The 220-page report by the UN high commissioner for human rights, which the Guardian has obtained, details atrocities committed by communist, mujahideen, Soviet and Taliban fighters over 23 years of conflict. Originally scheduled for release in January 2005, the report's publication has been delayed repeatedly due to sensitivities over identifying former warlords still in positions of power.

"The UN has been intimidated. It is afraid to rock the boat because of these guys," said Sam Zarifi of Human Rights Watch. "But the boat is taking on water and they are going to pull it down."

Debate over the role of former warlords has grown more heated since anti-foreigner riots rocked Kabul two weeks ago, casting clouds over the $12bn (£6.5bn) western-funded reconstruction effort. European diplomats are angered that days after the riots President Hamid Karzai appointed 13 former commanders with links to drugs smuggling, organised crime and illegal militas to senior positions in the police force. The names were inserted at the last minute into a list of 86 police chiefs that had been selected by US, German and Afghan officers as part of a drive to professionalise the corrupt force.

The most controversial appointment is that of the new Kabul police chief, Amanullah Guzar. Ranked 202 in a list of 270 candidates, Mr Guzar was appointed by Mr Karzai in place of a candidate ranked 12th. Documents circulating among western diplomats allegedly link him to extortion, land grabbing and the kidnapping of three UN workers in late 2004. Speaking at Kabul police headquarters, Mr Guzar said: "President Karzai appointed me and he knows all about my past. Let anyone with allegations bring them to court."

A European official said the 13 appointments had strained Mr Karzai's relationship with foreign donors and further eroded his credibility with ordinary Afghans. "This is not acceptable to us. If we let people who have committed human rights abuses and economic crimes slip through, Afghans are going to start asking what we are doing here," he said.

Jawed Ludin, Mr Karzai's chief of staff, said the 13 names were added to ensure balance. "It's very sensitive. Building institutions should not be seen as sidelining any sector of society, especially the mujahideen," he said.

Another government official said: "Keeping mujahideen commanders out in the cold is not a good strategy because it turns them into an anti-state element." Mujahideen, communist and Taliban leaders feature prominently in the UN "mapping" report. Based on press reports and human rights testimony, it presents little new information but offers the first comprehensive survey of wartime atrocities between 1978 and 2001.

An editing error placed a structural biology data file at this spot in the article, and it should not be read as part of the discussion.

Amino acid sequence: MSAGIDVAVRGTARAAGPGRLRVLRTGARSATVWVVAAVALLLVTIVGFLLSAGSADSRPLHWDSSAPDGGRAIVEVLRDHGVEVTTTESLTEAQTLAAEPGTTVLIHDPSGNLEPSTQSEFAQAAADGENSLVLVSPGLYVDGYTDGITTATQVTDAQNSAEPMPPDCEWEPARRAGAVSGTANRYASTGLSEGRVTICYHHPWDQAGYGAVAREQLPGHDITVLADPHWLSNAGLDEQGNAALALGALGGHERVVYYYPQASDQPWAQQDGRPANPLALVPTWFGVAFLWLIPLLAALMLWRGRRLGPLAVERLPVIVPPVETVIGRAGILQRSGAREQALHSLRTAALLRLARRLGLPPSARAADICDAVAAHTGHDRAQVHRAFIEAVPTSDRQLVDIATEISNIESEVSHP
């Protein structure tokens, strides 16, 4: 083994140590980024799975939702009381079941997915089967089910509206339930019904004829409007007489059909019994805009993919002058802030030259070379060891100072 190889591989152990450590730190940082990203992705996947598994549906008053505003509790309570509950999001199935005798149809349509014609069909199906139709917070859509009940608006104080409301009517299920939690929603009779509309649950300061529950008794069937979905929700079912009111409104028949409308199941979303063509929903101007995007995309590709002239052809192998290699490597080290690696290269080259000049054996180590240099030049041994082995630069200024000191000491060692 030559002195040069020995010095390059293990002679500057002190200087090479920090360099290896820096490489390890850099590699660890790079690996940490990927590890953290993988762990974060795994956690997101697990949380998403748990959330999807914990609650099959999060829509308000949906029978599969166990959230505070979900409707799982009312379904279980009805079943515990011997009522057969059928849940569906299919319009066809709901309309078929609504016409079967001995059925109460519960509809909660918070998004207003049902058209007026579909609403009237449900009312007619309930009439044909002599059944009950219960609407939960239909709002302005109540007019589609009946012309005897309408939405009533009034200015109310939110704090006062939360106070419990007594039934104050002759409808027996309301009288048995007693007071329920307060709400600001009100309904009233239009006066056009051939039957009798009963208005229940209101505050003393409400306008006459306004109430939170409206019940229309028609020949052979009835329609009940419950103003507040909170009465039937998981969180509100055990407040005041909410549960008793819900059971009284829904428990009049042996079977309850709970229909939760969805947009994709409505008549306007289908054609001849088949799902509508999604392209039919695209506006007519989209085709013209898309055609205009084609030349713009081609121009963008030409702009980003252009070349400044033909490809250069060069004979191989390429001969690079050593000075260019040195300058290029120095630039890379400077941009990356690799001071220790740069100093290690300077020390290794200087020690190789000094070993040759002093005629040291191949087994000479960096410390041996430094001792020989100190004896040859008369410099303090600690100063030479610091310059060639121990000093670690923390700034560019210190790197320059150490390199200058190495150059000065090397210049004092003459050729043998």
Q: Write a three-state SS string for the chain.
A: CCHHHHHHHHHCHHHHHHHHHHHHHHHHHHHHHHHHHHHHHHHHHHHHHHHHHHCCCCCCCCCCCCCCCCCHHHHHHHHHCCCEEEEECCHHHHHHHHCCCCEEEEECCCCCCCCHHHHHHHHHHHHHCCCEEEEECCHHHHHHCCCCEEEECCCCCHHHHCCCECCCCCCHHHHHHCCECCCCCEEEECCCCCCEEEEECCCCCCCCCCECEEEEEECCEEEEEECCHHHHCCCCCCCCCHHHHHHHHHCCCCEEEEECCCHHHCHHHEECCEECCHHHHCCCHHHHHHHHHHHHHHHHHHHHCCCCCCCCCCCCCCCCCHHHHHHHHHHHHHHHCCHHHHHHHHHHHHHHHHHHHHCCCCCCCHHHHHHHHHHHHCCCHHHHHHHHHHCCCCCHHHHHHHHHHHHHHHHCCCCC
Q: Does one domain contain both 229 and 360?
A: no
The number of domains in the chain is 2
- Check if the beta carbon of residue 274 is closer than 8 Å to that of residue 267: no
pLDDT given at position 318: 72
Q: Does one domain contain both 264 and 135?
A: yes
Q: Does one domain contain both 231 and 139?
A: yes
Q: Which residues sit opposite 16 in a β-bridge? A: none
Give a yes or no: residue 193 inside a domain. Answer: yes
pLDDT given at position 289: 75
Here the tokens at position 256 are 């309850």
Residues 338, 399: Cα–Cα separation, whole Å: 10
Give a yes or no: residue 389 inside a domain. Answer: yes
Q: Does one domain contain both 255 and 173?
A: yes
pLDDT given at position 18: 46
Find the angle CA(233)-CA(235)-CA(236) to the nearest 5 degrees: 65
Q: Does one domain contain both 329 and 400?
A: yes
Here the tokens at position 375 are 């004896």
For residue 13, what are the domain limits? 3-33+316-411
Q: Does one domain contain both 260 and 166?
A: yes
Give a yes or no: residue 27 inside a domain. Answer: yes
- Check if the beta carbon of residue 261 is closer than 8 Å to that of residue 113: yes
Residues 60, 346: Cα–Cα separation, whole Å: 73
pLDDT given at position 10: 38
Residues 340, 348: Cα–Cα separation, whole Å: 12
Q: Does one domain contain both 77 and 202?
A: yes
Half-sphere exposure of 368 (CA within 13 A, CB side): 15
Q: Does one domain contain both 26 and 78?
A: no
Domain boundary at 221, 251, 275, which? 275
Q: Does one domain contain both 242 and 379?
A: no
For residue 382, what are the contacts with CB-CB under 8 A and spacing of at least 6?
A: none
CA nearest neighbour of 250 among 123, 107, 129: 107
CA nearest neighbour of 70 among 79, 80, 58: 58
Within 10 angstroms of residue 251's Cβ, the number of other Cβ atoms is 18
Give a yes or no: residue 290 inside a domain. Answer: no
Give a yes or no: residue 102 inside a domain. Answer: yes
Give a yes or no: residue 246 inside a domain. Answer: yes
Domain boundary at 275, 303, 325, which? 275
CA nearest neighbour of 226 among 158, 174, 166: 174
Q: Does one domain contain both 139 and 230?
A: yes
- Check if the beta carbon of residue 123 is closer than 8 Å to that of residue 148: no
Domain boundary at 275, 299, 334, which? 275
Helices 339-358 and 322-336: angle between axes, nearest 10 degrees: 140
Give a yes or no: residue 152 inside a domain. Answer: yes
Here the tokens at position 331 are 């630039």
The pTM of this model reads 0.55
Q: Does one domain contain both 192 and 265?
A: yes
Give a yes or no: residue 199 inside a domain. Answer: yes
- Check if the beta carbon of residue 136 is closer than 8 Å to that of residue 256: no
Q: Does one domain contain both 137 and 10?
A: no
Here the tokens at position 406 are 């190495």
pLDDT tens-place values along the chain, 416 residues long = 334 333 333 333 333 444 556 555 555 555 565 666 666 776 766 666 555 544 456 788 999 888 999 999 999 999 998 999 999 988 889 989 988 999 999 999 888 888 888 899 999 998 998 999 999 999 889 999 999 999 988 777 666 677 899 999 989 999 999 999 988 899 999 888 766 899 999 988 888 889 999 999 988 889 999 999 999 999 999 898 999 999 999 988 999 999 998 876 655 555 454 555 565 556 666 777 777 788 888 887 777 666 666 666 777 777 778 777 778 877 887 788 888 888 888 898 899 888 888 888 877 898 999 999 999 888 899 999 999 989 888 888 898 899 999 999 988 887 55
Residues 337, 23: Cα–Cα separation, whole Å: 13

According to the report one commander testified that before the Afshar massacre of Shia civilians in 1993, jihadi leader Abdul Rasool Sayyaf told his officers: "Don't leave anyone alive - kill all of them." During the subsequent killing, according to the report: "One eyewitness reported ... he had seen an elderly Shia man nailed to a tree and then shot in the head." Mr Sayyaf is now an extremist MP who leads a pro-Karzai faction in parliament.

Co-author Patricia Gossman said the report was "not a bill of indictment" but a "truth telling" exercise to help Afghans confront their past. She said she was "bewildered" by the delays in publishing. "It sends the wrong signals. This is something Afghans wanted to see and it's really disappointing we couldn't live up to that."

A UN spokesman, Aleem Siddique, said the report had been presented to the Afghan government and may be released within a month. "We need to ensure it is published at an appropriate time," he said.

In a separate development yesterday the Afghan government said it was considering creating units of armed tribesmen to help protect areas from Taliban fighters. In southern Helmand province, former governor Sher Muhammad Akhundzada says he has enlisted several hundred tribesmen. "I have raised 500 people and am working on their registration. The finance ministry pays them $200 a month," he told Reuters